NASCAR driver Erik Jones talks sim racing ahead of eNPIS Darlington

Justin Melillo
NASCAR’s Erik Jones talks sim and reality ahead of iRacing Pro Invitational

NASCAR heads to the real Darlington Raceway on Sunday afternoon, but first, their stars will sit behind their computers for a virtual battle at the ‘Lady in Black’. 

The eNASCAR Pro Invitational Series returns on Wednesday for their third event of the 2021 season. Erik Jones will be back behind the virtual No. 43 Richard Petty Motorsports Chevrolet at a track he won at in the real world back in 2019. 

As Jones prepares for his real and virtual events in the coming days, he took time out to speak to me about his thoughts on Darlington, sim work for real-world applications and the benefits of the eNASCAR Pro Invitational Series. 


In his first season at Richard Petty Motorsports, there have been some ups and downs for the fifth-year driver out of Byron, Michigan. Currently sitting 27th in the standings, Jones has two Top-10 finishes for the year coming at Las Vegas Motor Speedway and the Bristol Dirt Race. Still, it is a learning curve for both the driver and the team as they prepare for only their 12th race together on Sunday. 

“It’s been a good start overall,” Jones said when asked about his season so far. “We’ve just been improving bit by bit, week by week. That’s kind of the big thing for us, with it being a new team for me and a new driver for them, it’s been kind of a work in progress. Overall, I think it’s been going pretty well and we’re just doing what we can to improve each week.” 

The track next on the calendar was the site of Jones’ last victory in the series, back in 2019 when he was with his former team, Joe Gibbs Racing. Darlington Raceway is one of those ovals you either love or hate, and Jones has taken a liking to the historic track. 

(02 SEPTEMBER 2019) Erik Jones wins at Darlington. Photo by Jared C. Tilton/Getty Images via NASCAR Media

“I’ve always been a fan of Darlington and just the way it races,” Jones said. “It’s kind of a technical place. It wears out tires, and you have to conserve your stuff and make sure your car is good at the end of the run, not just the start of the run.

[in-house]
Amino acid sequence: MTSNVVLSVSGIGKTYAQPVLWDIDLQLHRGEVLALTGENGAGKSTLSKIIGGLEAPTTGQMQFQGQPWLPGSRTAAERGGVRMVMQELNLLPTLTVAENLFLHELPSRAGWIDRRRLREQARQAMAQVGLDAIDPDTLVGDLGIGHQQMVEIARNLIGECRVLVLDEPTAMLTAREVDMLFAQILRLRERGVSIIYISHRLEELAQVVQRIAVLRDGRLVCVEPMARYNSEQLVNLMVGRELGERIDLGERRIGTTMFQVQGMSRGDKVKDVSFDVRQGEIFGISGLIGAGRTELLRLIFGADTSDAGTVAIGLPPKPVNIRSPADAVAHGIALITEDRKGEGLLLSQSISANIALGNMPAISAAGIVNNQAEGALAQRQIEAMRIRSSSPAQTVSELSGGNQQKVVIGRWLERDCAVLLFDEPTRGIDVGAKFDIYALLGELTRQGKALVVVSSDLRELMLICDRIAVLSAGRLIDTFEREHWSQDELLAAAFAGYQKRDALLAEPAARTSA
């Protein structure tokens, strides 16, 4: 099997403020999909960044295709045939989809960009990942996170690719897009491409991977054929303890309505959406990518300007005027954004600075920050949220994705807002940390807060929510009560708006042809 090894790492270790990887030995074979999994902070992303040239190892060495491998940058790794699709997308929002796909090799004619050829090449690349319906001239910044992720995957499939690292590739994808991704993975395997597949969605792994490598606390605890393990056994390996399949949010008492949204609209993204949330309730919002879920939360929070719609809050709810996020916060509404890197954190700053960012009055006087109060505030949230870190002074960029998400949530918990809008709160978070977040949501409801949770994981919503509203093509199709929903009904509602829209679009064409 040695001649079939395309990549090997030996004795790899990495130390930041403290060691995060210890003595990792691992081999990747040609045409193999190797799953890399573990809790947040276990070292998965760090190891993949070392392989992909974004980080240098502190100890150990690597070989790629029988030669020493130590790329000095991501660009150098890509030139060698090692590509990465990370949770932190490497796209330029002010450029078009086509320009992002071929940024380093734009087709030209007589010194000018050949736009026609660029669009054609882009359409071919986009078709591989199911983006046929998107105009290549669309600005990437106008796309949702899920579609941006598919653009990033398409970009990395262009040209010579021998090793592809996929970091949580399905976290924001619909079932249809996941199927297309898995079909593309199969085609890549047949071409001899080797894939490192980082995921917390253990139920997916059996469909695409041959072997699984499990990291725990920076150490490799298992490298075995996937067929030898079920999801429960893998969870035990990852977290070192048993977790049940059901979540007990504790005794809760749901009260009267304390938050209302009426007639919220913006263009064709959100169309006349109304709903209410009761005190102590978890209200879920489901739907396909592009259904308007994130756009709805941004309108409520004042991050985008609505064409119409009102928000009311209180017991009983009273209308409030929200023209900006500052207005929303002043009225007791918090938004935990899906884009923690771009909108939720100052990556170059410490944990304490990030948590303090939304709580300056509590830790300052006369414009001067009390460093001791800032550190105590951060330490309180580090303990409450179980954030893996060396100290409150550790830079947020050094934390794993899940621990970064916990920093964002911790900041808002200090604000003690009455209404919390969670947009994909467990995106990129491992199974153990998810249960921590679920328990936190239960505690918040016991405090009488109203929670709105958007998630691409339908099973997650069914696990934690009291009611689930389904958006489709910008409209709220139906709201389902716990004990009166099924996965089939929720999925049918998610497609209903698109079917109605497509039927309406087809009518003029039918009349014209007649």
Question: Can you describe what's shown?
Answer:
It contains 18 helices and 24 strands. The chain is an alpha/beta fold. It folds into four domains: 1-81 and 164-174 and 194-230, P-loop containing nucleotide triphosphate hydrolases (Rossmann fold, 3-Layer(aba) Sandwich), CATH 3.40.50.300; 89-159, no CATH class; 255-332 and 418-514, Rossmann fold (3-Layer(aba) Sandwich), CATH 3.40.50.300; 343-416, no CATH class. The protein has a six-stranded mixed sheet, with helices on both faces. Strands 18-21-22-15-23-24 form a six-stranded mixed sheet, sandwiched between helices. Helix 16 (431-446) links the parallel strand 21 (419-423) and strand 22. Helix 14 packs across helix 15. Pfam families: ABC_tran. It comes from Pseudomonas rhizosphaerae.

“I think that’s probably what lends its hand at my driving style a little bit, just the way I grew up racing. You really have to save your equipment and make sure that you’re going to have something to race with at the end of the race. You get to do that at Darlington, and I think that’s what really makes it fun.” 


With the Covid-19 pandemic slowing down most NASCAR race weekends, forcing drivers to strap in for the first time in a race setting with no prior practice or qualifying, many have turned to simulator work to familiarize themselves with the layout and feel based on data collected.  

Most teams have access to manufacturer simulators, which are usually just single car practice sessions running the most current data pumped through the rFactor Pro software. iRacing has the laser-scanned venues available as well in an online multiplayer setting, and with that, the Pro Invitational Series was born last year at the height of the pandemic.  

“I’ll definitely get on [iRacing] and do some stuff before the race [this Wednesday] just to get a feel for it and kind of get comfortable with how the track drives on there, kind of what it’s going to race like,” Jones said.